Arcane review: slick and exciting intro to League of Legends on Netflix
For years, fans have been wondering just when the heck League of Legends developer Riot would make an animated series. It seemed inevitable. The studio previously created stunning animated shorts to promote everything from new characters to esports tournaments. And with an increasing focus on expanding League’s storytelling — something that’s tough to do within the confines of a team-based strategy game — a show made a whole lot of sense. Now, it’s real, with a nine-episode series called Arcane. The best part: not only is it a lot of fun, but you don’t have to know anything about League to get into it.
Arcane is set (mostly) in a city called Piltover early on, which is on the verge of a big change that could impact the entirety of the fantasy realm of Runeterra: a pair of scientists are figuring out a way to harness the dangerous power of magic to use in everything from weapons to tools to transportation. Amidst this backdrop, the show follows a handful of characters throughout the city. Things start out with a street kid named Vi leading a small gang to a big score, heading to the upper reaches of the city to steal some expensive-looking gadgets. The heist, naturally, goes bad and ends with some exploding crystals. The perspective then shifts to the likes of the aforementioned scientists and an underworld kingpin with lots of scars and a big grudge.
What’s great about Arcane’s fantasy-meets-steampunk world is that it’s pretty easy to understand. The show doesn’t waste time with big lore dumps, nor does it expect you already know who these characters are. Vi, for instance, is one of League’s most popular characters, but the show serves mostly as an origin story for her and a few others. For fans, it’s a cool chance to see how some of these characters came to be — you even learn about Vi’s iconic gauntlets — but for everyone else, you’re being introduced to interesting people at a pivotal point in their lives. No prior knowledge necessary.
It helps that the story is relatively straightforward. There isn’t anything about Arcane that I would call new or revolutionary. It’s a fairly typical fantasy tale that just happens to be really well done. The villains are intimidating, the would-be heroes are messy and relatable, the action is extremely satisfying to watch, and everything moves at a brisk pace. The best thing Arcane has going for it is just how stylish it looks. Each frame looks like a gorgeous piece of hand-painted concept art; in motion, it’s like nothing I’ve ever seen. It’s also a world that feels lived-in and fully realized. The slums of Piltover have a toxic green look to them (police officers even wear masks when they venture in), while the upper levels are bright, airy, and luxurious. I especially loved all of the strange mechanical creations that help keep the city alive and bustling. What I’m saying is, after watching the first few episodes, I want an Arcane art book ASAP.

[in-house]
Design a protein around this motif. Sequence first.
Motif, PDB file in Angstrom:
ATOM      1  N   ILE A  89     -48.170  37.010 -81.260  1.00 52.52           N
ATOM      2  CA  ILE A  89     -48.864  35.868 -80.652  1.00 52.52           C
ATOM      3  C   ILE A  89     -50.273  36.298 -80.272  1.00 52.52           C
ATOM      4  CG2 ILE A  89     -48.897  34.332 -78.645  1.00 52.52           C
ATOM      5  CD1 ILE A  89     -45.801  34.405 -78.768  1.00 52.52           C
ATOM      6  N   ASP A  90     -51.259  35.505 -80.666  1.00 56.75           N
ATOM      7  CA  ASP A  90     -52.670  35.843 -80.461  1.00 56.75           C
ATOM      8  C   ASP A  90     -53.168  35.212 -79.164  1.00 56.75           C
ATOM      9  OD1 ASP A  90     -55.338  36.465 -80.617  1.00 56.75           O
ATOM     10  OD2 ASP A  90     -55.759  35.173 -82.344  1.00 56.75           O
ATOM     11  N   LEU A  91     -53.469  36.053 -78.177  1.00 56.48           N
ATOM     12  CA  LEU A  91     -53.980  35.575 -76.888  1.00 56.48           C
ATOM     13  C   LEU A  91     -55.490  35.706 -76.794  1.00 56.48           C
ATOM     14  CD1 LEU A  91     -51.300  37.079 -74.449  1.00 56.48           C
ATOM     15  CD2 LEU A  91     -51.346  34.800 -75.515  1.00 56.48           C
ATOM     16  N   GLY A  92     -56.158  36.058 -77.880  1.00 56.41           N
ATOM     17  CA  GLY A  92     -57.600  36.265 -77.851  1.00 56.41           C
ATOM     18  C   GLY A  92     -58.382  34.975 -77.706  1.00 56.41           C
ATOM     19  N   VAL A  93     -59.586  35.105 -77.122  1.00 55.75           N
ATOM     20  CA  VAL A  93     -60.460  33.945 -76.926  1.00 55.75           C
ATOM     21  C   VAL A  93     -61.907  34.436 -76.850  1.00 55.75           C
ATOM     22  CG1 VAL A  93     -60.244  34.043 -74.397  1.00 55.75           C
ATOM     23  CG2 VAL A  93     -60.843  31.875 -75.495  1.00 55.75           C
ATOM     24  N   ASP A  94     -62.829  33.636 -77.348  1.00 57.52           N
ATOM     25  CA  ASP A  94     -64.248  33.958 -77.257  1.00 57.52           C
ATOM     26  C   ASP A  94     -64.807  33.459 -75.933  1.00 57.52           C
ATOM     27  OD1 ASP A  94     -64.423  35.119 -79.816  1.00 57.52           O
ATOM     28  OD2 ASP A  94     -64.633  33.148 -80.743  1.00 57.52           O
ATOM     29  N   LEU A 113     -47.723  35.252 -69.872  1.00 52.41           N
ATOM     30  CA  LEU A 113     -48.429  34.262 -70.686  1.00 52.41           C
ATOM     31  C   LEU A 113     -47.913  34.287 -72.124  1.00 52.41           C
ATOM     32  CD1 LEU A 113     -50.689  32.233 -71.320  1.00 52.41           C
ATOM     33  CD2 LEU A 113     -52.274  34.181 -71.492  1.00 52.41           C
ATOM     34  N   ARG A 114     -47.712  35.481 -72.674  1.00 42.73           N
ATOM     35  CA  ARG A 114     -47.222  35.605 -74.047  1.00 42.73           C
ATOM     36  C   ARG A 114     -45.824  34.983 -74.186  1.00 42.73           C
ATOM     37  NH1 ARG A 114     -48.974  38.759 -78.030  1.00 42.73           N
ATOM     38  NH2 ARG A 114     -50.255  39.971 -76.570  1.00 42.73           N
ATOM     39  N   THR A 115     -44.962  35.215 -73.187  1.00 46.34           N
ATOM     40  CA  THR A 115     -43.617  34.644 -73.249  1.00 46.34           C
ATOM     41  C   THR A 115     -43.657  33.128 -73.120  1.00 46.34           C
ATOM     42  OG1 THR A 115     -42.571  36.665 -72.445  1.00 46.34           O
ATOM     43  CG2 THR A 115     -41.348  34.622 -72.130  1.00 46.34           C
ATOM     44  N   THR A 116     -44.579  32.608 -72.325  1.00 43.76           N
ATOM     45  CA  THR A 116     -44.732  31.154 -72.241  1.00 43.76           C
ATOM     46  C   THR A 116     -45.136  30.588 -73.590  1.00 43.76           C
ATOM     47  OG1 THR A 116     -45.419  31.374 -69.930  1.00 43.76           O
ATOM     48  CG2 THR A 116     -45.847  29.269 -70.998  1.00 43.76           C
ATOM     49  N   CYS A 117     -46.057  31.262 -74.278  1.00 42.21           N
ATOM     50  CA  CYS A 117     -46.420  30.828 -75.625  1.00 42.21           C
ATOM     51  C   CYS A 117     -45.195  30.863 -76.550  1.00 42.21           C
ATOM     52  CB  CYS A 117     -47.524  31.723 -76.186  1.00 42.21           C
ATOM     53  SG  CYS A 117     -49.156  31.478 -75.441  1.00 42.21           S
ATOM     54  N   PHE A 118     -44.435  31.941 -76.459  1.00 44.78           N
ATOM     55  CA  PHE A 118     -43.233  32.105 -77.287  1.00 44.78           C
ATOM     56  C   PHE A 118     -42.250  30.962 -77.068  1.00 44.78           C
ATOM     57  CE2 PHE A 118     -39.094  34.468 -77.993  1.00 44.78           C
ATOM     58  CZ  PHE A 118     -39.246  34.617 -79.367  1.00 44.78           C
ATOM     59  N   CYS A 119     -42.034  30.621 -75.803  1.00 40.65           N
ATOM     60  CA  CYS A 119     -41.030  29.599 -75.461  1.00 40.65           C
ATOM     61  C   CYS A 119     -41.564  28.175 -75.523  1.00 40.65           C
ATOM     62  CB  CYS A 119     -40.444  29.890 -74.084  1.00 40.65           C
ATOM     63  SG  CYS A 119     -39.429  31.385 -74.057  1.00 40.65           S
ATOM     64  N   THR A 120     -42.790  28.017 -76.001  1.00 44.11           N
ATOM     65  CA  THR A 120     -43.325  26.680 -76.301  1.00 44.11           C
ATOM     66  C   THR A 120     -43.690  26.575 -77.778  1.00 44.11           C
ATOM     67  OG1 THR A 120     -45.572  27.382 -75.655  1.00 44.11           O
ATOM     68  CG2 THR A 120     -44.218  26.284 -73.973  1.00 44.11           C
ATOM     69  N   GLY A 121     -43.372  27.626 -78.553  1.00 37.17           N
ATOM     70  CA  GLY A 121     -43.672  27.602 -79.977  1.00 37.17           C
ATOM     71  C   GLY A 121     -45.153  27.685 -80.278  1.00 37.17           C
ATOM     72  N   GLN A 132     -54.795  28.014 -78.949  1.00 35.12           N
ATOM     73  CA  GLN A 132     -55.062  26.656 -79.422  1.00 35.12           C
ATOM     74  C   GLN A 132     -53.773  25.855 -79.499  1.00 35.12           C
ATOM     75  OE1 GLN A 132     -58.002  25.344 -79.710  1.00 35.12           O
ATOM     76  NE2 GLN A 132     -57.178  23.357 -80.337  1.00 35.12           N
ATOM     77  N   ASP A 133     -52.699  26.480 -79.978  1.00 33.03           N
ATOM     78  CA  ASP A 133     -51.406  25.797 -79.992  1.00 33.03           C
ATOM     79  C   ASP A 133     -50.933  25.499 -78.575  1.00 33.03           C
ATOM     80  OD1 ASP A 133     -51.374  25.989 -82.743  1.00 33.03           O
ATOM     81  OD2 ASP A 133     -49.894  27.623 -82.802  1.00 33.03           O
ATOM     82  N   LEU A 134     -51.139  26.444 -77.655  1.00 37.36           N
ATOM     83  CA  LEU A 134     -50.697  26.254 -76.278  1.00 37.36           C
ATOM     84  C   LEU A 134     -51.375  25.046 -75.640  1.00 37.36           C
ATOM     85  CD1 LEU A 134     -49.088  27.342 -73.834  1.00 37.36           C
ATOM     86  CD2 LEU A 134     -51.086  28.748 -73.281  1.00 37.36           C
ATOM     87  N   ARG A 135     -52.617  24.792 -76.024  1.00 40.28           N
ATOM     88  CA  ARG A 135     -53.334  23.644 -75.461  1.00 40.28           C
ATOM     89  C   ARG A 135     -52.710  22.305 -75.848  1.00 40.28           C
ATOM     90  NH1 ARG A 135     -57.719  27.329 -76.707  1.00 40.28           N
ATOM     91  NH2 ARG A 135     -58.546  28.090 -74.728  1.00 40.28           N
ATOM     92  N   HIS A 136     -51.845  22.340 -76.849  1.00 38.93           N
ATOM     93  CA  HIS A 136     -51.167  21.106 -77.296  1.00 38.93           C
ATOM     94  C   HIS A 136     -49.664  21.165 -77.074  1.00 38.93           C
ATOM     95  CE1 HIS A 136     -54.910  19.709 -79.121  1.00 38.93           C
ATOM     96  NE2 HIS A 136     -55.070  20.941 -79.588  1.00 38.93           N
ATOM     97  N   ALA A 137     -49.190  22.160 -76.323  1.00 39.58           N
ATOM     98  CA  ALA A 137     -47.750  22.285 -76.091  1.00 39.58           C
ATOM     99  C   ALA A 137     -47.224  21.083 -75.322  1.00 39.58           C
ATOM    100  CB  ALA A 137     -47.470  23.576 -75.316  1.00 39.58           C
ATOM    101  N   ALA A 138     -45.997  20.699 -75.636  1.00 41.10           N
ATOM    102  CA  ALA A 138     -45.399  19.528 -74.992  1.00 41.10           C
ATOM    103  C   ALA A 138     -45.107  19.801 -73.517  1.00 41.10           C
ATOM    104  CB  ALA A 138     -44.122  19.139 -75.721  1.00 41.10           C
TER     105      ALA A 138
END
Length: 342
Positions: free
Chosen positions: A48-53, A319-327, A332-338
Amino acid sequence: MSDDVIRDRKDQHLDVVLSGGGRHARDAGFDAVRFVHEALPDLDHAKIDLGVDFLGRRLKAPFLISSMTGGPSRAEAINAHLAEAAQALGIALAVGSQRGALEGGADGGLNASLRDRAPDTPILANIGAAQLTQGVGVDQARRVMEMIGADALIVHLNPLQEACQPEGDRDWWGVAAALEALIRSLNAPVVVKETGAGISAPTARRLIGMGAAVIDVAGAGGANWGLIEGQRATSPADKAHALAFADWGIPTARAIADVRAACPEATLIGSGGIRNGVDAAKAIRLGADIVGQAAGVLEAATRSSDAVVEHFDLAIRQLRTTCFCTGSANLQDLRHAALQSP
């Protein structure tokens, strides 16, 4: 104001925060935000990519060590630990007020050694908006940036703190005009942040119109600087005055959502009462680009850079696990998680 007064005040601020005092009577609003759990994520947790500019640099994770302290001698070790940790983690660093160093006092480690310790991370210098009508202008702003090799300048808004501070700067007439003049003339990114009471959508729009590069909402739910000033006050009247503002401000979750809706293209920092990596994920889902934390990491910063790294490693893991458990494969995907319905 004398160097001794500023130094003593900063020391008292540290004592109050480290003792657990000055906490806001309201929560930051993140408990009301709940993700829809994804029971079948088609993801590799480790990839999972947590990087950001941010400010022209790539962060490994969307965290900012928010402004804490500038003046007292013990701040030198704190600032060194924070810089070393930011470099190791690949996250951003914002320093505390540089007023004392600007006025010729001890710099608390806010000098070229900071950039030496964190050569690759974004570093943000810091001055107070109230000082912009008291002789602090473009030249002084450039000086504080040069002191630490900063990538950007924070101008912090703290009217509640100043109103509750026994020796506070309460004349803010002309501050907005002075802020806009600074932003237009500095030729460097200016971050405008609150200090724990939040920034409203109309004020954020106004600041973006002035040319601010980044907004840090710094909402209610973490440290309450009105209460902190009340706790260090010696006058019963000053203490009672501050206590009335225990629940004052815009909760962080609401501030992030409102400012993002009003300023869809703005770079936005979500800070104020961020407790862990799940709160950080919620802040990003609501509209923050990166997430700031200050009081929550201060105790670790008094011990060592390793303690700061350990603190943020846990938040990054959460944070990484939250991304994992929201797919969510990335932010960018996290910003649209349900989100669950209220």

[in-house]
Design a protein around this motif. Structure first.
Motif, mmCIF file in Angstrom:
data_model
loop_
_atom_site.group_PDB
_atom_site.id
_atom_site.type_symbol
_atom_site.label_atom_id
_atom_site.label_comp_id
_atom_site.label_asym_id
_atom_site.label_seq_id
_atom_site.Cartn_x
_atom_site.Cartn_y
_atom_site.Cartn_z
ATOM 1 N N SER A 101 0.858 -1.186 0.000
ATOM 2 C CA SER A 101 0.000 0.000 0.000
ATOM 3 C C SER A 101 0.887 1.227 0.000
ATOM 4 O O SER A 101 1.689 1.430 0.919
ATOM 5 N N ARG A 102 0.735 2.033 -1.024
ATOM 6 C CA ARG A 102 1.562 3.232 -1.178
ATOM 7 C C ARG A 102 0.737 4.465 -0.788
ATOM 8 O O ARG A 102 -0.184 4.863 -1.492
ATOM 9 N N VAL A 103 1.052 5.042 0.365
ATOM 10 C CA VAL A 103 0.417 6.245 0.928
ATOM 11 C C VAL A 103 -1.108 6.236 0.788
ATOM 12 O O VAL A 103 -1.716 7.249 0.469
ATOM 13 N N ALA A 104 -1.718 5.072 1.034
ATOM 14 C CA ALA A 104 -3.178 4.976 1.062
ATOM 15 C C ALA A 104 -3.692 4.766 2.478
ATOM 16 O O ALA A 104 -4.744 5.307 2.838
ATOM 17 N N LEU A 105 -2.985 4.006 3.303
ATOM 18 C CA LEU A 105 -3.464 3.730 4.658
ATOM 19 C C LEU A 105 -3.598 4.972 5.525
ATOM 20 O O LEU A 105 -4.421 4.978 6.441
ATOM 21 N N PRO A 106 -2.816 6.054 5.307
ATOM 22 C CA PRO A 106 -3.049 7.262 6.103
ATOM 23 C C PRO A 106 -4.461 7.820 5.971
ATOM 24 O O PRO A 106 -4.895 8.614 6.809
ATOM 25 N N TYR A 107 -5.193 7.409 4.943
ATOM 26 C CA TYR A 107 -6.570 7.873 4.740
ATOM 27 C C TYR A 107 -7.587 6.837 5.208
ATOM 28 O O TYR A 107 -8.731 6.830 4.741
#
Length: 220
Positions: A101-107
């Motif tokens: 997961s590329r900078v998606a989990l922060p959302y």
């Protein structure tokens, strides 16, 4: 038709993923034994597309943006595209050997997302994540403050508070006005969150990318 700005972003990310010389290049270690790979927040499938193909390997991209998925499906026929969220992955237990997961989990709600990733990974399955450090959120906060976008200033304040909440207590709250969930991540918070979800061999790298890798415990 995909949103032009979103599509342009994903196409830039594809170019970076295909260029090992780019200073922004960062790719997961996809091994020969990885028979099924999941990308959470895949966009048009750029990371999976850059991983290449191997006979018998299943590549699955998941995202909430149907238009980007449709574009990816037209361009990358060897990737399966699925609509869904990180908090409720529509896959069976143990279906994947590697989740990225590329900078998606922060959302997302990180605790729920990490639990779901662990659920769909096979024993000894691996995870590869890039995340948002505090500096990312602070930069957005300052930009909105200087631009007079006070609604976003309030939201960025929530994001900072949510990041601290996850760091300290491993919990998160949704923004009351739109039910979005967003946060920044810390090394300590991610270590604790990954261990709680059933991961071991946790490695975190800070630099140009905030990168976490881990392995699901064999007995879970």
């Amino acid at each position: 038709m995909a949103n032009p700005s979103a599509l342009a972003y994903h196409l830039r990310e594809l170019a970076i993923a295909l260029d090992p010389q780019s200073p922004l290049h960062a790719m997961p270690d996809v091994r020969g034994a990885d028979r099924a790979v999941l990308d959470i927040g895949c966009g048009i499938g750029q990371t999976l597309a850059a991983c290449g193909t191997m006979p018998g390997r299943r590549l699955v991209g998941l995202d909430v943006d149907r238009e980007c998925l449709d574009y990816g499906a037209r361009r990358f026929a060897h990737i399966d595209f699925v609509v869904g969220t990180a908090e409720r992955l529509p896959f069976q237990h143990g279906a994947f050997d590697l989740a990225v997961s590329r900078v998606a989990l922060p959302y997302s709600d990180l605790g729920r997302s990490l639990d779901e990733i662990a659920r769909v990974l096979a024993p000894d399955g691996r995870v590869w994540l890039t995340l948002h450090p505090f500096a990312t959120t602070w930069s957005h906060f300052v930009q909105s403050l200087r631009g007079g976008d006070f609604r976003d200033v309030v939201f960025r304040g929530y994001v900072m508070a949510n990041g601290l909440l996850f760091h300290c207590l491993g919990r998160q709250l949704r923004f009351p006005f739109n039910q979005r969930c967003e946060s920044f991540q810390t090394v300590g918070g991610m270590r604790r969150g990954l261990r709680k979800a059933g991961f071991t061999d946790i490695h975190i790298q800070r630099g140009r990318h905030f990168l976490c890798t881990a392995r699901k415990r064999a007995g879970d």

One of the more interesting things about the show is how it’s being released. It’s not an all-you-can-watch binge-fest, nor are episodes dropping weekly. Instead, Arcane uses something of a hybrid format. The nine episodes are divided into chapters and are being released as three-episode bundles over the course of three weeks. (It’s reminiscent of Netflix’s experimental Fear Street trilogy of horror movies.) For the first chapter, at least, it works well because the three episodes have their own clear arc, while episode four picks up some time later, though that’s as far as I’ve watched so far.
Early on, Arcane walks a fine line. It’s both a tribute and an introduction to a vast fantasy realm that’s been around for a decade and has millions of existing fans. Those viewers will find a story with some exciting Easter eggs and a deeper look at characters that have been around for ages. Everyone else is in for a surprisingly thrilling adventure that doesn’t skimp on style. Really, the most jarring thing for newcomers might be if they’re inspired to play League of Legends itself, which is decidedly lacking in the style and speed that make the show work so well.